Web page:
Feature

Producers continue pushing forward with technologies to capture more heavy oil resource

Photo: Joey Podlubny

By Darrell Stonehouse

riven by strong returns, the technological toolbox for coaxing more of the over 30 billion barrels of conventional heavy oil trapped in western Canadian reservoirs continues to grow as developers reinvest in heavy oil plays. Traditionally, heavy oil producers have developed the stacked heavy oil plays found along the border of Alberta and Saskatchewan by drilling vertically into a zone, producing it, then moving to another zone using the same wellbore. In the last few years, however, a number of new methods to access reserves are gaining ground, including horizontal drilling, thermal recovery methods and surfactant floods. Speaking at Husky Energy Inc.’s 2014 outlook, chief operating officer Robert Peabody said Husky plans on drilling 550 wells across its heav y oil portfolio in 2014. While over half of these wells will be traditional vertical wells, the company is spending significantly on horizontal wells and thermal developments.

“One hundred and twenty-five wells will be supporting thermal developments and 140 will be horizontal cold production wells, which we use to produce from thin reservoirs,” he noted. “Cold horizontal production is expected to exceed 10,000 barrels per day in 2014.” While horizontal production is growing, Peabody said thermal production is the company’s focus in the near term. “Thermal production has emerged as the central driver behind our expected steady growth in heavy oil production in 2014 and beyond,” he explained. “Steaming is underway at the 3,500-barrel-per-day Sandall project and we’re preparing for first oil in the first few months of 2014. We’re continuing to build the 10,000-barrel-per-day commercial project at Rush Lake with commissioning set for mid-2015.” Economics is the driving force behind the company’s thermal efforts, said Peabody. “Year-to-date operating costs from all our heavy oil thermal projects now on production were a little under $10 a barrel. OIL & GAS INQUIRER • february 2014

43


Feature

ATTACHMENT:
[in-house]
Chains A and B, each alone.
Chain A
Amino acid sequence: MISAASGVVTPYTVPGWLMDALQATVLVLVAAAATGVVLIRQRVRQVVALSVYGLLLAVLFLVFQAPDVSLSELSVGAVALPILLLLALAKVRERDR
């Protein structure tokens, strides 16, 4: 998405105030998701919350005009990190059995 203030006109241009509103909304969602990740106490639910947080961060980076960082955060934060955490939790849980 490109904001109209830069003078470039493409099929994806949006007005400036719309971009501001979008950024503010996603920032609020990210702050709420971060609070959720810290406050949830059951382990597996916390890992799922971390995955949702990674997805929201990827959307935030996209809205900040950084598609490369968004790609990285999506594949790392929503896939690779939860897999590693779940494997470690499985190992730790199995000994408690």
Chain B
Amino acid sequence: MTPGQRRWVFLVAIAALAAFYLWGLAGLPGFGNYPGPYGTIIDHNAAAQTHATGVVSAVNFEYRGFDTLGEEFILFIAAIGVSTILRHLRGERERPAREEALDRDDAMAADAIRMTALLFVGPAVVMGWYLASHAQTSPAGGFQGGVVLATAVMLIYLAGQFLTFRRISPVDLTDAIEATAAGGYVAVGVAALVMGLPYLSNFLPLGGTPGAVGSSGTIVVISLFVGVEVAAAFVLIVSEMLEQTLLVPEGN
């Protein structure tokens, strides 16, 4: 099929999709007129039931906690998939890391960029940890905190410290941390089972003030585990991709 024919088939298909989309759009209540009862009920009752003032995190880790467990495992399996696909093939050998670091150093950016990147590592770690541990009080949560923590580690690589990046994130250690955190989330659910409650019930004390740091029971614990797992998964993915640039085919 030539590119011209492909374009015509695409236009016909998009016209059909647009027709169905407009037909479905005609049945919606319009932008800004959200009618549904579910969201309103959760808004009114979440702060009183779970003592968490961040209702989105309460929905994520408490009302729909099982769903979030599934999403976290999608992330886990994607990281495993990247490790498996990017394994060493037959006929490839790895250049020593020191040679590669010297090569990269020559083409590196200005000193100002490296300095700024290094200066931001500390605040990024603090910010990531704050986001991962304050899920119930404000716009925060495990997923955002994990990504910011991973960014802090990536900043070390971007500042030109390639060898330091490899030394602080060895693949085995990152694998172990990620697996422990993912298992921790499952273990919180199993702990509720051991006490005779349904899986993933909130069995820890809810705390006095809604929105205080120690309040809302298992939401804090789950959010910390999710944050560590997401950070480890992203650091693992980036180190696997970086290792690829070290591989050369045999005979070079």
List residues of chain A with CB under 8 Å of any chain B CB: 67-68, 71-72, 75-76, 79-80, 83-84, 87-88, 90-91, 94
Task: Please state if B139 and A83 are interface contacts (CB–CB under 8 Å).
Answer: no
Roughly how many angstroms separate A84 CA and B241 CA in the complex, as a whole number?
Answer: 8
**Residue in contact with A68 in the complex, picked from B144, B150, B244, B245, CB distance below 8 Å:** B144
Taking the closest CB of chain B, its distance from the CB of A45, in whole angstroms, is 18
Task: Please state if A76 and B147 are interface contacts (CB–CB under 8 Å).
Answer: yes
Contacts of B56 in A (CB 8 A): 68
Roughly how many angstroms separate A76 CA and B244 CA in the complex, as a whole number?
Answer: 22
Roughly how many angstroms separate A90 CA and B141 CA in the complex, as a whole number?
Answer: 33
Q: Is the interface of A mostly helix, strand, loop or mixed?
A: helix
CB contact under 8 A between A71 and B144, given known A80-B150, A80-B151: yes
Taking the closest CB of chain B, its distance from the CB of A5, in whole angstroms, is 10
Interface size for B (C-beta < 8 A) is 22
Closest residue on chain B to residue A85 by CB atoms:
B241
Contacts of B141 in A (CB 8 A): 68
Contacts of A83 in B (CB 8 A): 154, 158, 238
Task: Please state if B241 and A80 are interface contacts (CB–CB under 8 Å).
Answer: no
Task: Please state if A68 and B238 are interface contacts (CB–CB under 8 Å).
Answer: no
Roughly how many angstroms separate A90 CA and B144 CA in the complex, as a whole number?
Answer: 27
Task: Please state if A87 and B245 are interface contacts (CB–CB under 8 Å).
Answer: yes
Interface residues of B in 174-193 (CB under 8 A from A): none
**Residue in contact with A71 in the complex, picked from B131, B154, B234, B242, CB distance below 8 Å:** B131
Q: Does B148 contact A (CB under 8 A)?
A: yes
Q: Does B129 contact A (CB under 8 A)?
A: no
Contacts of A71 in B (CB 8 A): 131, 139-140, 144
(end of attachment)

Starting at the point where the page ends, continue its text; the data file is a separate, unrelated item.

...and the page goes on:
Combine that with low finding and development costs in the $10- to $15-per-barrel range and a premium product price about $10 per barrel more than you’d get for a typical Fort McMurray bitumen barrel, and you can see why these projects generate very strong returns,” he explained. “Our production from heavy oil thermals in the Lloyd region reached 37,000 barrels per day in 2013 and that’s up 40 per cent from last year, and we’re on track to grow this production by another 50 per cent to 55,000 barrels per day by 2017.” Canadian Natural Resources Limited is also using horizontal technology to turn more of its massive heavy oil resource into reserves. Canadian Natural plans on drilling 120 horizontal heavy oil wells in 2014, company president Steve Laut said at its annual investor’s conference early this winter. Another major focus in 2014 will be expanding its polymer flooding success at Pelican Lake into other heavy oil areas, along with increasing waterflooding. Polymer is a non-toxic powder that is mixed with water to create a fluid that is more viscous than water. Injected into the reservoir, the polymer solution—which has a viscosity similar to corn oil—increases oil recovery by improving the sweep efficiency and reducing the amount of bypassed oil. “With a current recovery factor of approximately 10 per cent in primary heavy oil, we continue to work at enhanced recovery methods. We have several of these projects under way with waterflooding progress being made at Lone Rock, South Epping and Salt Lake,” said Scott Stauth, Canadian Natural’s senior vicepresident of North American operations. He was referring to three properties in the greater Lloydminster area of Saskatchewan. At southwest Epping, the company also recently sanctioned a polymer flood pilot, according to a slide in Stauth’s presentation. The multi-well Lone Rock polymer pilot is under construction at 47-27W3. “We plan to use our learnings from Pelican, doubling or even tripling the recovery factors,” Stauth said. “Our Lone Rock and Epping waterflood project has proven very successful.” According to a graph on Stauth’s presentation, Sparky Formation oil production at the Lone Rock and South Epping waterflood pilots climbed to nearly 700 barrels per day this year with 28 producers, up from virtually nothing in January 2011. “We had immediate results from initial injection in both areas,” Stauth said. Water injection began in February 2011 at the Lone Rock pilot and in May 2012 at south Epping.